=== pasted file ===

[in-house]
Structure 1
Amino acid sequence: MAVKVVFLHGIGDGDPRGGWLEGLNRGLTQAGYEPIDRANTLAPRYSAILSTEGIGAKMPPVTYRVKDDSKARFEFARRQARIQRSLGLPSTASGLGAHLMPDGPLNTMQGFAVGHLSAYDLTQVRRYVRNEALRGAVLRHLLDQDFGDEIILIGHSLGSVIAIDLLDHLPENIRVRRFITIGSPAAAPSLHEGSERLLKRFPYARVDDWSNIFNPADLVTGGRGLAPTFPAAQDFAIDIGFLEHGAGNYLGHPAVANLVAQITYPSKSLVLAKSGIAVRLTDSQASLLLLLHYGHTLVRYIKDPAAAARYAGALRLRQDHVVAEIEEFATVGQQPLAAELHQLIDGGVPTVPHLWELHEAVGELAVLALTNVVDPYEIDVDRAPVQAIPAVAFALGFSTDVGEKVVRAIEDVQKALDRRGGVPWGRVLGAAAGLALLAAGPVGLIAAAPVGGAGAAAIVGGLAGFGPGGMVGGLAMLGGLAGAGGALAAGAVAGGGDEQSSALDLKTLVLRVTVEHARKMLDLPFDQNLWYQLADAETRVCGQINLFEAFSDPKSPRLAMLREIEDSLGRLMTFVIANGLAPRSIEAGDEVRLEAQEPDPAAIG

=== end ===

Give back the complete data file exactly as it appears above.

[in-house]
Structure 1
Amino acid sequence: MAVKVVFLHGIGDGDPRGGWLEGLNRGLTQAGYEPIDRANTLAPRYSAILSTEGIGAKMPPVTYRVKDDSKARFEFARRQARIQRSLGLPSTASGLGAHLMPDGPLNTMQGFAVGHLSAYDLTQVRRYVRNEALRGAVLRHLLDQDFGDEIILIGHSLGSVIAIDLLDHLPENIRVRRFITIGSPAAAPSLHEGSERLLKRFPYARVDDWSNIFNPADLVTGGRGLAPTFPAAQDFAIDIGFLEHGAGNYLGHPAVANLVAQITYPSKSLVLAKSGIAVRLTDSQASLLLLLHYGHTLVRYIKDPAAAARYAGALRLRQDHVVAEIEEFATVGQQPLAAELHQLIDGGVPTVPHLWELHEAVGELAVLALTNVVDPYEIDVDRAPVQAIPAVAFALGFSTDVGEKVVRAIEDVQKALDRRGGVPWGRVLGAAAGLALLAAGPVGLIAAAPVGGAGAAAIVGGLAGFGPGGMVGGLAMLGGLAGAGGALAAGAVAGGGDEQSSALDLKTLVLRVTVEHARKMLDLPFDQNLWYQLADAETRVCGQINLFEAFSDPKSPRLAMLREIEDSLGRLMTFVIANGLAPRSIEAGDEVRLEAQEPDPAAIG